where

Z = Zone factor given in Table 2, is for the Maximum

Considered Earthquake (MCE) and service life of structure. The

factor 2 in the denominator of Z is used so as to reduce the

Maximum Considered Earthquake (MCE) zone factor to the

factor for Design Basis Earthquake (DBE ).

I = Importance factor, depending upon the functional use of

the structures, characterised by hazardous consequences of

its failure, post-earth quake functional needs, historical value,

or economic importance ( Table 6 ).

seismic damage performance of the structure, characterised

by ductile or brittle deformations. However, the ratio (I/R)

shall not be greater than 1.0 (Table 7). The values of/? for

buildings are given in Table 7.

for rock or soil sites as given by Fig. 2 based on appropriate

natural periods and damping of the structure. These curves

represent free field ground motion.

Importance Factor 1, Response Reduction Factor R, and

damping values are given in the respective parts of this

standard. The method ( empirical or otherwise ) to calculate

the natural periods of the structure to be adopted for

evaluating S/g is also given in the respective parts of this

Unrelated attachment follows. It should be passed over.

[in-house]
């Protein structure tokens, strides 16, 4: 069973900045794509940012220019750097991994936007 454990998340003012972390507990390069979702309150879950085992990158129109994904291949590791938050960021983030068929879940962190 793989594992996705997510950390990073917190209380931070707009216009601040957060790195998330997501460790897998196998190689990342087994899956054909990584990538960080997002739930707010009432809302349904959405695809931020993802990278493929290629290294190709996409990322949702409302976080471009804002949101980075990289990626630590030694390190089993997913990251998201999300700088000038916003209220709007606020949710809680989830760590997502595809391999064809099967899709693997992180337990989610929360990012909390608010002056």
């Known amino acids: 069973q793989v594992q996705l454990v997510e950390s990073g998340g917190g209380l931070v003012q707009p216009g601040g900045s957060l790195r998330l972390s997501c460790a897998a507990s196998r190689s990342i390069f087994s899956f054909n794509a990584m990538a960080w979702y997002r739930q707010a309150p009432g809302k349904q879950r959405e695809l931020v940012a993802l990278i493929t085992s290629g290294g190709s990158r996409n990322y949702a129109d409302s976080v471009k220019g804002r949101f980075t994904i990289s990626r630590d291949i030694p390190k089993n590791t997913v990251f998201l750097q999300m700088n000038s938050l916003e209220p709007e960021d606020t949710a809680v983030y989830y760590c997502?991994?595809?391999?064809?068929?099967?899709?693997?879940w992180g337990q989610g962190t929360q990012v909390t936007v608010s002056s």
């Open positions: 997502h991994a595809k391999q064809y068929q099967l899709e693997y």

standard.

(Clause 6.4.2)

6.3 Load Combination and Increase in

Permissible Stresses

6.3.1 Load Combinations

When earthquake forces are considered on a structure,

these shall be combined as per 6.3.1.1 and 6.3.1.2

where the terms DL, IL and EL stand for the response

quantities due to dead load, imposed load and

designated earthquake load respectively.

6.3.1.1 Load factors for plastic design of steel

structures

In the plastic design of steel structures, the following

load combinations shall be accounted for:

1)1.7{DL+IL)

2)1.7(DL±EL)

3)1.3 (DL + IL±EL)

reinforced concrete and prestressed concrete

structures In the limit state design of reinforced and

prestressed concrete structures, the following load

combinations shall be accounted for:

1.5 (DL + IL)

1.2{DL + IL±EL)

1.5(DL±EL)

0.9DL±l.5EL.

6.3.4 Combination for Two or Three Component

Motion

All possible combinations of the three components

{ELx, Ely and ELz) including variations in sign {plus

or minus ) shall be considered. Thus

±ELx±0.3ELy ±0.3 ELz

±ELy±0.3 ELx ±0.3 ELz

±ELz±0.3 ELx±0.3 Ely

where x and y are two orthogonal directions and z is

vertical direction.

7. BUILDINGS

Regular and Irregular

Configuration

7.6 Fundamental Natural Period

7.6.1 The approximate fundamental natural period of

vibration (Ta), in seconds, of a moment-resisting frame

building without brick infil panels may be estimated by the

empirical expression:

Ta = 0.075 h0.75

= 0.085 h0.75 for RC frame building for steel

frame building